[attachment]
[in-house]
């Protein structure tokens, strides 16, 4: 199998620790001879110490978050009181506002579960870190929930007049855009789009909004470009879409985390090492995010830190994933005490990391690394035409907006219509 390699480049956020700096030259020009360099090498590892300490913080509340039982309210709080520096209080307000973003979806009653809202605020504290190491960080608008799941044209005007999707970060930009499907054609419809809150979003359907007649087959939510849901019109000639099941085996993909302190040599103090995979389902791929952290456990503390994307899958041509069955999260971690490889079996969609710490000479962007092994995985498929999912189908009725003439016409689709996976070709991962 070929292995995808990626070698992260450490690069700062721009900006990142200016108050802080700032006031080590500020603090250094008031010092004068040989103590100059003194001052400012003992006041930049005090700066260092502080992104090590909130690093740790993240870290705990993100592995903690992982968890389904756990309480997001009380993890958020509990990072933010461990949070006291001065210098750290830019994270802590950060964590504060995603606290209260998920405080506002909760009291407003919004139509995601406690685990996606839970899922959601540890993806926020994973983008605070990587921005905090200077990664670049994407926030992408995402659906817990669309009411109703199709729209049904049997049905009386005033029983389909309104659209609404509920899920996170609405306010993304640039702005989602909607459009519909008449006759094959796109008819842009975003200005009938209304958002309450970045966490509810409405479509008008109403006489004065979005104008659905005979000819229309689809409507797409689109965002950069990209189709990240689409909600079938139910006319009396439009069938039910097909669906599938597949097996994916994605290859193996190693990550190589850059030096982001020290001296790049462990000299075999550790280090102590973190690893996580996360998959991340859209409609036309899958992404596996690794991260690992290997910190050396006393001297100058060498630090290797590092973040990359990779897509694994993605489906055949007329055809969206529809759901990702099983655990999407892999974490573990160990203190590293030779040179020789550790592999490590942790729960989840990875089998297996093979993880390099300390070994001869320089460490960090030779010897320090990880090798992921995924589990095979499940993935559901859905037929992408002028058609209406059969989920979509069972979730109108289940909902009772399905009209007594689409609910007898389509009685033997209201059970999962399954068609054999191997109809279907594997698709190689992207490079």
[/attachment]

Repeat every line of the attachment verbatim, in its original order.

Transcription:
[in-house]
């Protein structure tokens, strides 16, 4: 199998620790001879110490978050009181506002579960870190929930007049855009789009909004470009879409985390090492995010830190994933005490990391690394035409907006219509 390699480049956020700096030259020009360099090498590892300490913080509340039982309210709080520096209080307000973003979806009653809202605020504290190491960080608008799941044209005007999707970060930009499907054609419809809150979003359907007649087959939510849901019109000639099941085996993909302190040599103090995979389902791929952290456990503390994307899958041509069955999260971690490889079996969609710490000479962007092994995985498929999912189908009725003439016409689709996976070709991962 070929292995995808990626070698992260450490690069700062721009900006990142200016108050802080700032006031080590500020603090250094008031010092004068040989103590100059003194001052400012003992006041930049005090700066260092502080992104090590909130690093740790993240870290705990993100592995903690992982968890389904756990309480997001009380993890958020509990990072933010461990949070006291001065210098750290830019994270802590950060964590504060995603606290209260998920405080506002909760009291407003919004139509995601406690685990996606839970899922959601540890993806926020994973983008605070990587921005905090200077990664670049994407926030992408995402659906817990669309009411109703199709729209049904049997049905009386005033029983389909309104659209609404509920899920996170609405306010993304640039702005989602909607459009519909008449006759094959796109008819842009975003200005009938209304958002309450970045966490509810409405479509008008109403006489004065979005104008659905005979000819229309689809409507797409689109965002950069990209189709990240689409909600079938139910006319009396439009069938039910097909669906599938597949097996994916994605290859193996190693990550190589850059030096982001020290001296790049462990000299075999550790280090102590973190690893996580996360998959991340859209409609036309899958992404596996690794991260690992290997910190050396006393001297100058060498630090290797590092973040990359990779897509694994993605489906055949007329055809969206529809759901990702099983655990999407892999974490573990160990203190590293030779040179020789550790592999490590942790729960989840990875089998297996093979993880390099300390070994001869320089460490960090030779010897320090990880090798992921995924589990095979499940993935559901859905037929992408002028058609209406059969989920979509069972979730109108289940909902009772399905009209007594689409609910007898389509009685033997209201059970999962399954068609054999191997109809279907594997698709190689992207490079």